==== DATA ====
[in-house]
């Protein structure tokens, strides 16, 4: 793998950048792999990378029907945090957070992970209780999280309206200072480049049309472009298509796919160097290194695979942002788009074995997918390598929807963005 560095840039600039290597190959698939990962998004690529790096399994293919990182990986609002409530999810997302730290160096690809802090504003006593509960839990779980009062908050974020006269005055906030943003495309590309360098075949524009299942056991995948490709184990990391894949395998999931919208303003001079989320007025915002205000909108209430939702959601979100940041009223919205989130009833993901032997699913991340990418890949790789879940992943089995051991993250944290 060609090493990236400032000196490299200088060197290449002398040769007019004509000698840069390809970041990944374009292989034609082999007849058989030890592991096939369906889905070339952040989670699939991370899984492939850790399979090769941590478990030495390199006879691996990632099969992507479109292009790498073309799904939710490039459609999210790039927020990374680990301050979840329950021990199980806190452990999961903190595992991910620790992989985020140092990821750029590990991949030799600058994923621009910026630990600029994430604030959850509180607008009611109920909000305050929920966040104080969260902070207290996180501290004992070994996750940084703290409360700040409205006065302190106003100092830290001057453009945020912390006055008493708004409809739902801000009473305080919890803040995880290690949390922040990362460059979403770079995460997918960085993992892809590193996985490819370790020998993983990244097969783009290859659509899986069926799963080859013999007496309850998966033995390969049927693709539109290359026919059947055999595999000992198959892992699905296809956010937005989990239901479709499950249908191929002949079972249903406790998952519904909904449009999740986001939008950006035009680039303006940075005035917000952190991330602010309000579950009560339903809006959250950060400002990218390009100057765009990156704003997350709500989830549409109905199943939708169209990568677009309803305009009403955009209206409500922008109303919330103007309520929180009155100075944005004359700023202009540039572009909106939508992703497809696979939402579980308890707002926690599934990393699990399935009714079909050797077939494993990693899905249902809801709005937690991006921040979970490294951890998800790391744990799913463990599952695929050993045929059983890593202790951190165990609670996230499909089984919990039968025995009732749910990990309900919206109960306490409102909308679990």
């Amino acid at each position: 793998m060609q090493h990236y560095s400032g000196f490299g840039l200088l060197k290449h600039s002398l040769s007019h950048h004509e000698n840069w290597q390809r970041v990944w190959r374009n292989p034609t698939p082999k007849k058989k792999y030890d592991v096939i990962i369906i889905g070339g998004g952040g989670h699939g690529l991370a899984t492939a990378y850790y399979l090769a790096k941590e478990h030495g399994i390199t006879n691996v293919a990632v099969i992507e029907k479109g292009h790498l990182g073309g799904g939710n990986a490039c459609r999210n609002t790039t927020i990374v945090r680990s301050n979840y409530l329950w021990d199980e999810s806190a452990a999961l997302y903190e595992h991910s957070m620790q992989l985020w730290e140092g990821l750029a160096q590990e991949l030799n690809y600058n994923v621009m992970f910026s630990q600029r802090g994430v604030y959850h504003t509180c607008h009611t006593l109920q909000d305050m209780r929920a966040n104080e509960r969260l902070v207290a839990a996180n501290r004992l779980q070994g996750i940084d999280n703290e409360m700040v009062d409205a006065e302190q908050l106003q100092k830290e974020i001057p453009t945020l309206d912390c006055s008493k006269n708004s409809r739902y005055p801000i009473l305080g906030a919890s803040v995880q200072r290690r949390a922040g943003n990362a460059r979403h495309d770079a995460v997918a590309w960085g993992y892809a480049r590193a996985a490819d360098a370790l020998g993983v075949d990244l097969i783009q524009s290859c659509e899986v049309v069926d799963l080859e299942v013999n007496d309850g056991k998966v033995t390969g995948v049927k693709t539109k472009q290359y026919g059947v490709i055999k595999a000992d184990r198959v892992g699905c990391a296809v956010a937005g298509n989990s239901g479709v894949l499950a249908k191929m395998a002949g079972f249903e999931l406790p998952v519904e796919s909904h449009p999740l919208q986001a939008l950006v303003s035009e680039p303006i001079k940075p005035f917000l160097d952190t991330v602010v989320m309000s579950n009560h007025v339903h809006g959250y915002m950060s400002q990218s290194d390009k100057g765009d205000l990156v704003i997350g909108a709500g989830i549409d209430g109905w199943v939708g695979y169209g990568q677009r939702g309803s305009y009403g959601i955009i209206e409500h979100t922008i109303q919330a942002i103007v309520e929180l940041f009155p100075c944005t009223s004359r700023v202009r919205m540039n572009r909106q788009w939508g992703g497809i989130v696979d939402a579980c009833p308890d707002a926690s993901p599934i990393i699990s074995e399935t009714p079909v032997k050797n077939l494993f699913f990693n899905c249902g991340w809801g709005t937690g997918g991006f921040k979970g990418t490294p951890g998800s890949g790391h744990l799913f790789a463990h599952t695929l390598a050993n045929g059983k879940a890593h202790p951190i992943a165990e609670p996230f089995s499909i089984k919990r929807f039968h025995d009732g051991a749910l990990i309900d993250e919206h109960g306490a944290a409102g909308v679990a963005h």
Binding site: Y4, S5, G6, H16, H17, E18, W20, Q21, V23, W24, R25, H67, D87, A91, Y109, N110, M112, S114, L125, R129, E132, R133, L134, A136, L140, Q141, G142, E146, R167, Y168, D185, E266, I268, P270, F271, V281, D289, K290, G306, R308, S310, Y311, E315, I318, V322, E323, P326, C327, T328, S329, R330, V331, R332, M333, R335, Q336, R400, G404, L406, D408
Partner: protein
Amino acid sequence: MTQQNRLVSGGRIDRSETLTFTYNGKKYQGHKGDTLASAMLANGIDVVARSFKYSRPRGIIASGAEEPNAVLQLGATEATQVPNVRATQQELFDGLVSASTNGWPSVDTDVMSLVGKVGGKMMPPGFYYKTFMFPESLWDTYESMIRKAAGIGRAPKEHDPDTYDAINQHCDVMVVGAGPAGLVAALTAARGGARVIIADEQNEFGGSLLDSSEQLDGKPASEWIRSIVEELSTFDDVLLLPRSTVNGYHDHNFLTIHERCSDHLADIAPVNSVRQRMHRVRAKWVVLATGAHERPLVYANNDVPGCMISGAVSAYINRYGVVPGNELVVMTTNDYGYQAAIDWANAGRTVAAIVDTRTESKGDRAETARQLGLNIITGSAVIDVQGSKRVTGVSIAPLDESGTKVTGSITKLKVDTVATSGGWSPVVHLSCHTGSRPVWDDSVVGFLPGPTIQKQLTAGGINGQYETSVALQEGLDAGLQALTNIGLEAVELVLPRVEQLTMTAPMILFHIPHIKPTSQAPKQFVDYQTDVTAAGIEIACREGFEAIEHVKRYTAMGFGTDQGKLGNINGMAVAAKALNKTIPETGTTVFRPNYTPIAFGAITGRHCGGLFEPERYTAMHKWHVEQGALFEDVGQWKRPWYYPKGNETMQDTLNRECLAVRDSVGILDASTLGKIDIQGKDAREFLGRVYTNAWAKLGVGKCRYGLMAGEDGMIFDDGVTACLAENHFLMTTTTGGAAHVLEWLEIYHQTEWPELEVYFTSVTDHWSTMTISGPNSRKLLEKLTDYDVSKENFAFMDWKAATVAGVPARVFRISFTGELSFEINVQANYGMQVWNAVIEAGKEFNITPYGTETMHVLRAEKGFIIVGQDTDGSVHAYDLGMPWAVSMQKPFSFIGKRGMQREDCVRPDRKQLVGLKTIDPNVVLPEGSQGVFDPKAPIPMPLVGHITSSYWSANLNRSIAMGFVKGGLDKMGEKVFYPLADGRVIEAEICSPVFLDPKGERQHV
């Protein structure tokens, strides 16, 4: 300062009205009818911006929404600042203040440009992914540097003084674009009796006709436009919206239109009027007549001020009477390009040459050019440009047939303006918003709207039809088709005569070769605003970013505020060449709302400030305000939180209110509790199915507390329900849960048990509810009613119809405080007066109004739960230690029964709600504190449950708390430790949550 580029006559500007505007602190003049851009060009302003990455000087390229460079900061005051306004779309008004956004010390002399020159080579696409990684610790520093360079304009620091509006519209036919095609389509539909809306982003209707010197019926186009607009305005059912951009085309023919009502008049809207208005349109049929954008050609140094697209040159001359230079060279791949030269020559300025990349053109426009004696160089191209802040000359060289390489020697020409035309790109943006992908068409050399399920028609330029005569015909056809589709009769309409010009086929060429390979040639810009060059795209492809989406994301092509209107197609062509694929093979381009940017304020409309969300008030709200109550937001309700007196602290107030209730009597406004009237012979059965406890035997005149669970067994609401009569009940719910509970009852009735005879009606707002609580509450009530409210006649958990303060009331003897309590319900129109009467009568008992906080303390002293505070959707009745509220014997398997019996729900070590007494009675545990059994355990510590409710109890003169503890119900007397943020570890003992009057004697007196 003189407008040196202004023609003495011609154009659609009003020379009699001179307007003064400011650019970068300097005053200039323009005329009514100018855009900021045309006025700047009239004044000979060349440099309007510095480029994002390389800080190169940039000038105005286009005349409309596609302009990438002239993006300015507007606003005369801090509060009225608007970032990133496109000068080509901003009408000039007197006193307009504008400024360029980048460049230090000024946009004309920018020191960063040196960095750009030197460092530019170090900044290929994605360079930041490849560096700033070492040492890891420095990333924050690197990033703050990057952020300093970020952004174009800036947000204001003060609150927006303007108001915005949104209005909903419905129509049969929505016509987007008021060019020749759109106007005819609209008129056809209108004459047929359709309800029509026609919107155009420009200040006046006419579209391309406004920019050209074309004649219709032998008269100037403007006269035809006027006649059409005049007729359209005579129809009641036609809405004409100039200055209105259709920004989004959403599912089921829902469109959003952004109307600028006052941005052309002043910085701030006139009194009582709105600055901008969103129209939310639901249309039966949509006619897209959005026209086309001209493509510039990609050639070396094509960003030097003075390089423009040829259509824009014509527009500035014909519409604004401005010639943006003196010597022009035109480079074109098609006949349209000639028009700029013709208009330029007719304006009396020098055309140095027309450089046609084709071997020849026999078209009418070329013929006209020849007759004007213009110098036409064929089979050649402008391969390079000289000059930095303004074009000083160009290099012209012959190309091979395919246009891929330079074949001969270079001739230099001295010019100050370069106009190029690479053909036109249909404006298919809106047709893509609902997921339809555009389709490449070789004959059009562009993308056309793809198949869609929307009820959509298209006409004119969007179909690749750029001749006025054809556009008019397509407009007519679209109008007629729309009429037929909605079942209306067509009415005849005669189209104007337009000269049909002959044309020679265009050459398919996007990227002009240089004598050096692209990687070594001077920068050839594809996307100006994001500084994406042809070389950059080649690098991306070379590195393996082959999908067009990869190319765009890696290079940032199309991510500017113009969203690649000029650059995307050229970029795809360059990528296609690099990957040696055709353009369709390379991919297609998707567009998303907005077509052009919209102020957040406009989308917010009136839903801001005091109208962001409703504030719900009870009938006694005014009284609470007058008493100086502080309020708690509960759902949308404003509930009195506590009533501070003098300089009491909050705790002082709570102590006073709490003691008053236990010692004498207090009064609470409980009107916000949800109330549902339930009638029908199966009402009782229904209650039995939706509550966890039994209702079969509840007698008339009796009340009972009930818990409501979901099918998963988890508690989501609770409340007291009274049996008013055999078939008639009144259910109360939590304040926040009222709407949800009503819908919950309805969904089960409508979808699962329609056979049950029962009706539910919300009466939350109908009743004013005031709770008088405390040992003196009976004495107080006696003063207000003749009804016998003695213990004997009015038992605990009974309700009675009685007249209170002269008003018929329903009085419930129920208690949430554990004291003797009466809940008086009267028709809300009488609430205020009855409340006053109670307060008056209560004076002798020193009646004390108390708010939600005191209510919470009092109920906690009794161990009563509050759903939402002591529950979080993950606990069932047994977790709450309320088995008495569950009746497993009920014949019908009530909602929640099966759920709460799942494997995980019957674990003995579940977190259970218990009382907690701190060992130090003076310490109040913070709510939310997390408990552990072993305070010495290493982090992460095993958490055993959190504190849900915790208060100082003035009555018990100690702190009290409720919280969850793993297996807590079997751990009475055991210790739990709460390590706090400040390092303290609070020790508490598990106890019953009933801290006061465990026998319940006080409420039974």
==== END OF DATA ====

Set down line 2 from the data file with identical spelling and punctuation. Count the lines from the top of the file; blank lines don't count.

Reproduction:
């Protein structure tokens, strides 16, 4: 793998950048792999990378029907945090957070992970209780999280309206200072480049049309472009298509796919160097290194695979942002788009074995997918390598929807963005 560095840039600039290597190959698939990962998004690529790096399994293919990182990986609002409530999810997302730290160096690809802090504003006593509960839990779980009062908050974020006269005055906030943003495309590309360098075949524009299942056991995948490709184990990391894949395998999931919208303003001079989320007025915002205000909108209430939702959601979100940041009223919205989130009833993901032997699913991340990418890949790789879940992943089995051991993250944290 060609090493990236400032000196490299200088060197290449002398040769007019004509000698840069390809970041990944374009292989034609082999007849058989030890592991096939369906889905070339952040989670699939991370899984492939850790399979090769941590478990030495390199006879691996990632099969992507479109292009790498073309799904939710490039459609999210790039927020990374680990301050979840329950021990199980806190452990999961903190595992991910620790992989985020140092990821750029590990991949030799600058994923621009910026630990600029994430604030959850509180607008009611109920909000305050929920966040104080969260902070207290996180501290004992070994996750940084703290409360700040409205006065302190106003100092830290001057453009945020912390006055008493708004409809739902801000009473305080919890803040995880290690949390922040990362460059979403770079995460997918960085993992892809590193996985490819370790020998993983990244097969783009290859659509899986069926799963080859013999007496309850998966033995390969049927693709539109290359026919059947055999595999000992198959892992699905296809956010937005989990239901479709499950249908191929002949079972249903406790998952519904909904449009999740986001939008950006035009680039303006940075005035917000952190991330602010309000579950009560339903809006959250950060400002990218390009100057765009990156704003997350709500989830549409109905199943939708169209990568677009309803305009009403955009209206409500922008109303919330103007309520929180009155100075944005004359700023202009540039572009909106939508992703497809696979939402579980308890707002926690599934990393699990399935009714079909050797077939494993990693899905249902809801709005937690991006921040979970490294951890998800790391744990799913463990599952695929050993045929059983890593202790951190165990609670996230499909089984919990039968025995009732749910990990309900919206109960306490409102909308679990």